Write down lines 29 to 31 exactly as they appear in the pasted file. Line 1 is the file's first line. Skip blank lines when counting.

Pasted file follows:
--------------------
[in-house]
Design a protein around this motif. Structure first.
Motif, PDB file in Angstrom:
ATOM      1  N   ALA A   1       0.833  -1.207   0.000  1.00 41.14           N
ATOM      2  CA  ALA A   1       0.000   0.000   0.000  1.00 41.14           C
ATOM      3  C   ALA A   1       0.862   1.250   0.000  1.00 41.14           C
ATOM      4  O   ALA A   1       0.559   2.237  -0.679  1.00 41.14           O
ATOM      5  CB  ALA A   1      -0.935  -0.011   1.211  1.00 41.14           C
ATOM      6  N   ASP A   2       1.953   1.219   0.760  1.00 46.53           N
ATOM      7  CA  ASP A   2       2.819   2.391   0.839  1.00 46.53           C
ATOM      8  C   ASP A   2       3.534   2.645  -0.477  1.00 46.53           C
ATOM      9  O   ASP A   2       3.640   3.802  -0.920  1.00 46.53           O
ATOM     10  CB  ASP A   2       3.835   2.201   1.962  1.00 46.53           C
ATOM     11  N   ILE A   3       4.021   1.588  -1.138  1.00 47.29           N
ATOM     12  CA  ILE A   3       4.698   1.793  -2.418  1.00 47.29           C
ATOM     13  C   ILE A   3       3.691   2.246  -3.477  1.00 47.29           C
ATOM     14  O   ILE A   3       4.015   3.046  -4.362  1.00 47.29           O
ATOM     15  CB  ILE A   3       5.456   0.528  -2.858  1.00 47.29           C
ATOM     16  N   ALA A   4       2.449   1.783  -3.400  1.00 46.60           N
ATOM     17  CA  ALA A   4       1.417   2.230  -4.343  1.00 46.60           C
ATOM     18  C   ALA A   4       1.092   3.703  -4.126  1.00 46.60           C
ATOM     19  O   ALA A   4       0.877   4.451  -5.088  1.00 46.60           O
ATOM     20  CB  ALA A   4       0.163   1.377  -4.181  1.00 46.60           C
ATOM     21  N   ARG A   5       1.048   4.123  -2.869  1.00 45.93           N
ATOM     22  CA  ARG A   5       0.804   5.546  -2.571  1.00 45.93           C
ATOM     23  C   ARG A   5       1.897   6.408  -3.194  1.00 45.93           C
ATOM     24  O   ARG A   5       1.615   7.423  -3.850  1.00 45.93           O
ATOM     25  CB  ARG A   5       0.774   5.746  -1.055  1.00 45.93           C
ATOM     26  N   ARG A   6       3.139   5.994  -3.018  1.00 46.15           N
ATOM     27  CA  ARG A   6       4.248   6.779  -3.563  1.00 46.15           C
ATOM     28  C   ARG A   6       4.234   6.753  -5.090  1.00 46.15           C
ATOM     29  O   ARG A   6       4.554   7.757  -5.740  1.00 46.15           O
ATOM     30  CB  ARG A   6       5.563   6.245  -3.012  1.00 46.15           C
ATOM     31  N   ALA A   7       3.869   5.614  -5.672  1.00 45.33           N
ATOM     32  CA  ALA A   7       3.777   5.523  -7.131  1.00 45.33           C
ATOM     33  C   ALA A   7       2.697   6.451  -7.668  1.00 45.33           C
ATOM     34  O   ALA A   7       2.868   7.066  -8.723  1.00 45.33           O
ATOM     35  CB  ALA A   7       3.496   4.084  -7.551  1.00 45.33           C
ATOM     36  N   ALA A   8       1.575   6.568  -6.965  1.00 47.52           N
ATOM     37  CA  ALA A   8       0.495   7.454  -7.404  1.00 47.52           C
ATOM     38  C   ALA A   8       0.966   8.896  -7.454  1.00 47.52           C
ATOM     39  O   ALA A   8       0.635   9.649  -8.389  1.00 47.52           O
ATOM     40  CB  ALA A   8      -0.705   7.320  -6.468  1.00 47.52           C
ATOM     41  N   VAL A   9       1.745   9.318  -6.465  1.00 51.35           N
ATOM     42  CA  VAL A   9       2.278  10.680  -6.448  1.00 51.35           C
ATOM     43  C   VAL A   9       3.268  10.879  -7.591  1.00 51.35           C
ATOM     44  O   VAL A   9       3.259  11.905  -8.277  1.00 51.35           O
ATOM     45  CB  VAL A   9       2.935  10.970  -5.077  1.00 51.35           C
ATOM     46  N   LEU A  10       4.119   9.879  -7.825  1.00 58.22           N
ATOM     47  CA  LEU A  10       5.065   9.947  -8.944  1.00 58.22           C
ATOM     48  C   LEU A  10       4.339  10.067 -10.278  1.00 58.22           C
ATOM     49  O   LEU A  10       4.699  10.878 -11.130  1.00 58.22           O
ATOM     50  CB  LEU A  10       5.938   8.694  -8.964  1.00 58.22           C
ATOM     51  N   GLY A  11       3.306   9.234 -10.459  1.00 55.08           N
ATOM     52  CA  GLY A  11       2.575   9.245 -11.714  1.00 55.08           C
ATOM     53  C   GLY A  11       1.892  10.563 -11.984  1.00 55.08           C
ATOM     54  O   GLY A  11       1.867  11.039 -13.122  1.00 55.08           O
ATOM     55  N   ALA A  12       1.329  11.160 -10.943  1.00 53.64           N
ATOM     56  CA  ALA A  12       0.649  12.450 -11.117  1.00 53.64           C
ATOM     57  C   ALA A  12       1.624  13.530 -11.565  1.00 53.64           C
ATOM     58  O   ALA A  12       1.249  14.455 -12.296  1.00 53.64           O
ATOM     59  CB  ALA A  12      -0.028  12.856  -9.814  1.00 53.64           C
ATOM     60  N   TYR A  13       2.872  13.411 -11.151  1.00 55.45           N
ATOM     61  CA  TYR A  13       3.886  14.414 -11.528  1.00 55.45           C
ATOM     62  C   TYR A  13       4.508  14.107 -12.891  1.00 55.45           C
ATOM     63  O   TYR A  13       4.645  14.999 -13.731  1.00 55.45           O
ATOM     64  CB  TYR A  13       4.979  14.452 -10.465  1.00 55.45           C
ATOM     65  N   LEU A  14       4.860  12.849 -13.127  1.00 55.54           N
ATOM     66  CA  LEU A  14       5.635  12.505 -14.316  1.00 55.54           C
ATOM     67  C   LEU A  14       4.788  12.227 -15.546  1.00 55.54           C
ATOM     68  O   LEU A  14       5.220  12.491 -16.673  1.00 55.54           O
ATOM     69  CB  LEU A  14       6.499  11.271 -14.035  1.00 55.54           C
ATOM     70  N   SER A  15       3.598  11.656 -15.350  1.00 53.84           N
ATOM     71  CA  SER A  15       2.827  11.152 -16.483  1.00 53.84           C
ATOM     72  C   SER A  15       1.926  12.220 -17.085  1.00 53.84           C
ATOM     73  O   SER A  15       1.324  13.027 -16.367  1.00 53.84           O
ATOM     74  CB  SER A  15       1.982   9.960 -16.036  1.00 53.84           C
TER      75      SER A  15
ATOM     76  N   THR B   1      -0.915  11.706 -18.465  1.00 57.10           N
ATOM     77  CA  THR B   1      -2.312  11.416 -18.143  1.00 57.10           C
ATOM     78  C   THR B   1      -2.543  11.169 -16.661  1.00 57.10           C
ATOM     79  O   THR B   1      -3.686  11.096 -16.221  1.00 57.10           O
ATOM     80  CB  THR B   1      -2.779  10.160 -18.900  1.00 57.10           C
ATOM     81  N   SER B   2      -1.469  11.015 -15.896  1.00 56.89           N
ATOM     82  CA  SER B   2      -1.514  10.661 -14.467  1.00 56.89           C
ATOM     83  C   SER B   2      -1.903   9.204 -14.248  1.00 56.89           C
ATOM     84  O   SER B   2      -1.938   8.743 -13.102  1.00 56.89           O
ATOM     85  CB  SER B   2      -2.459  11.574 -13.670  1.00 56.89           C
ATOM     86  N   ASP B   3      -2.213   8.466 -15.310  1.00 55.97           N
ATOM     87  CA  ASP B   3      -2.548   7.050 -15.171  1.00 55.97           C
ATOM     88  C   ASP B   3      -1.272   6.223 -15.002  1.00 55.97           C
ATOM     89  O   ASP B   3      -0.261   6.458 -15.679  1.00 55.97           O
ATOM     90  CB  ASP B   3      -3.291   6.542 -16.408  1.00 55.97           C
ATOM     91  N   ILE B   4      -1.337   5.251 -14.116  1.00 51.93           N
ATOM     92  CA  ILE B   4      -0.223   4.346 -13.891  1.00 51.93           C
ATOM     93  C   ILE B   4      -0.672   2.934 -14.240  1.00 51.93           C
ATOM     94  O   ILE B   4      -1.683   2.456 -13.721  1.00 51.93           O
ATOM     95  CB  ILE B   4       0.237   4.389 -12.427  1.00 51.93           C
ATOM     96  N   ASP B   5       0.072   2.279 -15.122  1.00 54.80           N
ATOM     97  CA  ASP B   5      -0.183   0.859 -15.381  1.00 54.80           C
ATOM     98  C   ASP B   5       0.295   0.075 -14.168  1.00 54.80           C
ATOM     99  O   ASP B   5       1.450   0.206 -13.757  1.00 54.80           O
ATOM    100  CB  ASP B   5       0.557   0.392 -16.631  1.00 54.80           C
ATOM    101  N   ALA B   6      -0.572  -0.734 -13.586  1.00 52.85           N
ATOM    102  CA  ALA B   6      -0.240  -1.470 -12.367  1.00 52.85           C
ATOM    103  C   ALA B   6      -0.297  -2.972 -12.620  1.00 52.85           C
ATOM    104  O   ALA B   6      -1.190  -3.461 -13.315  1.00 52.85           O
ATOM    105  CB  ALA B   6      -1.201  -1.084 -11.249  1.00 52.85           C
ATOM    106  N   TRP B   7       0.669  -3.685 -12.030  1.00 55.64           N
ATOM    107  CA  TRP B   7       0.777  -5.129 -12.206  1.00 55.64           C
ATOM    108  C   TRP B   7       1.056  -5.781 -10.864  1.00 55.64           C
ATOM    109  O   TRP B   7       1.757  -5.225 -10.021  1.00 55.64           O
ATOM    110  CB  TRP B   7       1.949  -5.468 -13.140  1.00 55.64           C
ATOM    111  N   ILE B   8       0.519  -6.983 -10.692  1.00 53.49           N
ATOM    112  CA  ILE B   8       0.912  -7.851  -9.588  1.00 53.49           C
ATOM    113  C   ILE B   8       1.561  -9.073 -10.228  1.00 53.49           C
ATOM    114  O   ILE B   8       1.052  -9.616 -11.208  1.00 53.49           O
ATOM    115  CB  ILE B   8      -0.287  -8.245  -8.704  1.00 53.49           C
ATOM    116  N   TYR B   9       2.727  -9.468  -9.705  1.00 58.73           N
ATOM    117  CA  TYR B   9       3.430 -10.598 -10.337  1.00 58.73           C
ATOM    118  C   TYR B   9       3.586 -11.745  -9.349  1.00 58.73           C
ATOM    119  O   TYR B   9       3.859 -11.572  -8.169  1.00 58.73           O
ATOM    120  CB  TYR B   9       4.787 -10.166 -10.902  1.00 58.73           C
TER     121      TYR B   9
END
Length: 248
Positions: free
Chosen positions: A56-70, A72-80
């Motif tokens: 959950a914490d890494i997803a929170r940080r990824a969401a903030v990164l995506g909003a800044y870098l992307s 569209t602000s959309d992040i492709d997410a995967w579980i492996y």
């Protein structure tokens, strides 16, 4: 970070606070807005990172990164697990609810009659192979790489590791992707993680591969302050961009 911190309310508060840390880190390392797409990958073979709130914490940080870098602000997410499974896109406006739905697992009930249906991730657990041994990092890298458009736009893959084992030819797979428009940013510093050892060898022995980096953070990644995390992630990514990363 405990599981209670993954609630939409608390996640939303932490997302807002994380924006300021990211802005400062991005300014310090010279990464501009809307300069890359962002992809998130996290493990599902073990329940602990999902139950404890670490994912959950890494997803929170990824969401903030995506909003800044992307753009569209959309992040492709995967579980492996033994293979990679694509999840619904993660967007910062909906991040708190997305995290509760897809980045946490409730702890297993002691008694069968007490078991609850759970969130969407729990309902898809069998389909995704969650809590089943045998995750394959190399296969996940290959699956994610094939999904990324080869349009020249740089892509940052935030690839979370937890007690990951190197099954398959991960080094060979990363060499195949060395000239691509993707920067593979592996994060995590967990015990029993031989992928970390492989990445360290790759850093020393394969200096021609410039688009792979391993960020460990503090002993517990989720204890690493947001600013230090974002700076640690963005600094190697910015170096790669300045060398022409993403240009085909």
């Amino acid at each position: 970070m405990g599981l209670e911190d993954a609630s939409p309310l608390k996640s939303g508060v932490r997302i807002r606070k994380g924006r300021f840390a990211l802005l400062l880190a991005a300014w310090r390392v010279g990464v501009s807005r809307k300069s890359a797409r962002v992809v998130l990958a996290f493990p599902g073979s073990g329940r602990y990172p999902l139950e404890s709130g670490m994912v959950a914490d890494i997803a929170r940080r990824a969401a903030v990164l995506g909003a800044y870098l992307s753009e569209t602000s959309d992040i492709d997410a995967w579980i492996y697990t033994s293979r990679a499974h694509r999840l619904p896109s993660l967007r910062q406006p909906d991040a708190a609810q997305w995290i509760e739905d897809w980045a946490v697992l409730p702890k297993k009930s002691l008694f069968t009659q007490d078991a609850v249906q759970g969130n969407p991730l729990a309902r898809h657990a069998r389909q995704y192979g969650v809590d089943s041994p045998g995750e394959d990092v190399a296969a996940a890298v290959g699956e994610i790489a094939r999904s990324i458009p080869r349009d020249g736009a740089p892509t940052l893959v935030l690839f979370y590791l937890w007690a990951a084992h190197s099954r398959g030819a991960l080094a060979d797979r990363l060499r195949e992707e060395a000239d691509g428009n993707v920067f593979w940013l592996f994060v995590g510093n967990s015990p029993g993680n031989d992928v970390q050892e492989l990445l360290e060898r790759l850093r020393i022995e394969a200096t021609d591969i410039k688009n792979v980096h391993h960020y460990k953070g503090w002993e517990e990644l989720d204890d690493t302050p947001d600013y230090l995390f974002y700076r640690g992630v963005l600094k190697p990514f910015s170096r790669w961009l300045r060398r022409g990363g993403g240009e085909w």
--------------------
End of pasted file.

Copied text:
ATOM     26  N   ARG A   6       3.139   5.994  -3.018  1.00 46.15           N
ATOM     27  CA  ARG A   6       4.248   6.779  -3.563  1.00 46.15           C
ATOM     28  C   ARG A   6       4.234   6.753  -5.090  1.00 46.15           C